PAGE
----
On a cool winter evening just before sunset, birdwatcher Helen Daley spotted something entirely unexpected slithering in the waters of Los Gatos Creek.
"I turned the binoculars on it," Daley said. "It was moving, and the water was shaped like a 'V.' It dived under, and its tail slipped up. It was a tapered, long tail. It wasn't like that of a rat or beaver."
Daley, a nurse who lives in the Cambrian Park area of San Jose, rushed home and confirmed online that the animal she saw was a North American river otter.
While most people are familiar with their famed seafaring cousins, river otters in the Bay Area are seldom noticed or talked about. The sleek water weasels -- about a quarter the size of sea otters -- had long been nonexistent on Bay Area wildlife maps. But a few years ago, naturalist Megan Isadore and ecologist Paola Bouley started noticing river otters poking their noses out of the water in Lagunitas Creek in Marin County.
"The surprising thing about river otters in the Bay Area is that no one really knows anything whatsoever about them," Isadore said. "So we decided to start figuring out where they were."
Fourteen months ago, Isadore and Bouley launched the River Otter Ecology Project. The group's first order of business was to create a website with an interactive map where local "Otter Spotters" could chart their sightings. Since then, the once empty map has exploded with 374 sightings throughout the Bay Area -- from Cloverdale in Sonoma County to Los Gatos. The most famous river otter of all -- "Sutro Sam" -- has made quite a splash in the abandoned Sutro Baths of San Francisco, although no one knows where he came from.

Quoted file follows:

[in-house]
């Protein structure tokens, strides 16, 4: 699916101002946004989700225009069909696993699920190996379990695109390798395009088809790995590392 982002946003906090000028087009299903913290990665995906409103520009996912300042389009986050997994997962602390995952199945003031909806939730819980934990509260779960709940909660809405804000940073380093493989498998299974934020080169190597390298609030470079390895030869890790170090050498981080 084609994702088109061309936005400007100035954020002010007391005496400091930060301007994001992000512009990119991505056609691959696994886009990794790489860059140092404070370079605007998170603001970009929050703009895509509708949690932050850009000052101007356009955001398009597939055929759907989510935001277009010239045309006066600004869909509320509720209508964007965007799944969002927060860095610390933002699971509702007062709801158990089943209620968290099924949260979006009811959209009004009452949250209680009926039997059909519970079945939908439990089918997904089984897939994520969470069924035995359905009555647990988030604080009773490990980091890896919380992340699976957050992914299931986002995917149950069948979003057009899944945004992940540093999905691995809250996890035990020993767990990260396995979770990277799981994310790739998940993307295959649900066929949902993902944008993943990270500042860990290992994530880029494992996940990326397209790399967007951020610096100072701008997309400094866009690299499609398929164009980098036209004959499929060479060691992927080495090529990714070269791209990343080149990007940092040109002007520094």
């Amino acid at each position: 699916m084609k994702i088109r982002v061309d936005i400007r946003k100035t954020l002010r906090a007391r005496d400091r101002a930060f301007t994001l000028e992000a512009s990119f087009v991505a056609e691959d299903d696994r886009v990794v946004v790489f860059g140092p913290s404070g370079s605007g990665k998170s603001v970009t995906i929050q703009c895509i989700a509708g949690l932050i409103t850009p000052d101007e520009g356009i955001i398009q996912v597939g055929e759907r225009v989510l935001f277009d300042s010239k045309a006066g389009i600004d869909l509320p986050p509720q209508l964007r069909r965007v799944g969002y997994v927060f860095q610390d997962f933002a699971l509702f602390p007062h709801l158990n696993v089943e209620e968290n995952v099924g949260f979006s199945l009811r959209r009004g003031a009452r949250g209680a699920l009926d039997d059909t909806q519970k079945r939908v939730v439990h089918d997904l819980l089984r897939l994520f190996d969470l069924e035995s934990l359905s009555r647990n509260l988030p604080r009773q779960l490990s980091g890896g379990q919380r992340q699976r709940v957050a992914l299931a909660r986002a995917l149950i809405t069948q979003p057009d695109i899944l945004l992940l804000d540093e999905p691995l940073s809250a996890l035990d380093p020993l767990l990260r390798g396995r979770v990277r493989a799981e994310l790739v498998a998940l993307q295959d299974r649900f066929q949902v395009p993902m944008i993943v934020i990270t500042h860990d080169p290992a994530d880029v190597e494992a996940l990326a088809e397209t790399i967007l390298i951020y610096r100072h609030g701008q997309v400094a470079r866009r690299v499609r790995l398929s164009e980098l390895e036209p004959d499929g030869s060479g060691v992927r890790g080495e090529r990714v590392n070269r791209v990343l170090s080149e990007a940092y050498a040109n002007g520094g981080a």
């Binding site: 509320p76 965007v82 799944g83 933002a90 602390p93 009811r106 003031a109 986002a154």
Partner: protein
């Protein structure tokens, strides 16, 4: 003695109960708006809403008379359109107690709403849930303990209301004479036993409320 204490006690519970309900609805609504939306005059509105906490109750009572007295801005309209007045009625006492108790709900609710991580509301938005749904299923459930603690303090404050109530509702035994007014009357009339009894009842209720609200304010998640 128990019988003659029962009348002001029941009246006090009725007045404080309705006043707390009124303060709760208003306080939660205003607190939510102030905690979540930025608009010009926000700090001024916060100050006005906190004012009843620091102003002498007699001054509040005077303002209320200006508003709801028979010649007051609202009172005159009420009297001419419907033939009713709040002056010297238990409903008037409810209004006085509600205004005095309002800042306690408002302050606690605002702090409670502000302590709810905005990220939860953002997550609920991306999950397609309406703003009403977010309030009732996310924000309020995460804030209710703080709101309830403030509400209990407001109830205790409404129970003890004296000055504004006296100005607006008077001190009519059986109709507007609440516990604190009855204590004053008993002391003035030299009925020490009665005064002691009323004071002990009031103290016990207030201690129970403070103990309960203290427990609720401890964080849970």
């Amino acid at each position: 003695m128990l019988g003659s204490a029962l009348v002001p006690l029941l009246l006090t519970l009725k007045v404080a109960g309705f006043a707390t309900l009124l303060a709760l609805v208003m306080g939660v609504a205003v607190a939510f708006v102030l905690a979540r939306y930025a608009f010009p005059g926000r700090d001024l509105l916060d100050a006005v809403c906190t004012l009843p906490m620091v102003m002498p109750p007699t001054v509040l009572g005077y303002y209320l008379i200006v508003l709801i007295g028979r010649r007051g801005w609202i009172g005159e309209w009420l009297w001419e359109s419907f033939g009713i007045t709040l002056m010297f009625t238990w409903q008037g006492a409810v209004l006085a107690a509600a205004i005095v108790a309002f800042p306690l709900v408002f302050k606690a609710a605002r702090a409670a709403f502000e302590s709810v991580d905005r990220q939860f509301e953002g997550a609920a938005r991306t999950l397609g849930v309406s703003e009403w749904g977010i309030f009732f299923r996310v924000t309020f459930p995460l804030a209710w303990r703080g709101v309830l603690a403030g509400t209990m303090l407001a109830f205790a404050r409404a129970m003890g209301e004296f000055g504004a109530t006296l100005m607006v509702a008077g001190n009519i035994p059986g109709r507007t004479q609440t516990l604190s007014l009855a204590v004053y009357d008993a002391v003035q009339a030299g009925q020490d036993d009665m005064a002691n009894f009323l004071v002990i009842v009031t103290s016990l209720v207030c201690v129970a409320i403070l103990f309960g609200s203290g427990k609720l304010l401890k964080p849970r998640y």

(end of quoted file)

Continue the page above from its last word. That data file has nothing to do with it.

Second only to sea otters in the plushness of their pelts, the Bay Area's river otters were hunted to local extinction by the turn of the 20th century. But river otter trapping was banned in California in 1962, and the passage of the Clean Water Act a decade later might laid out a "Welcome Back" mat for the otters by reducing toxic chemicals in the waterways. Still, river otters have taken their time to come back, or just gone unnoticed until recently.
Efforts to improve the health of local waterways through creek restorations, water quality control efforts and public education have ramped up in the past 20 years, said Josh Collins, chief scientist at the San Francisco Estuary Institute. But, he said, weighing the relative success of all of these measures is no simple task.
"You start looking at a watershed the same way a physician would look at a patient," Collins said. "You can't measure everything, so what do you need to measure? What's the pulse of the watershed?"
For Collins, that pulse is the flow of the river, and the sediments and chemicals it carries along with it. If the pulse is healthy, "the ecological part of it will probably come along also," he said. "And I think that's what we're starting to see."
Regardless of the reason for the uptick in river otter sightings, the otter project is taking advantage of the deluge to study the lifestyles of the secretive water lovers.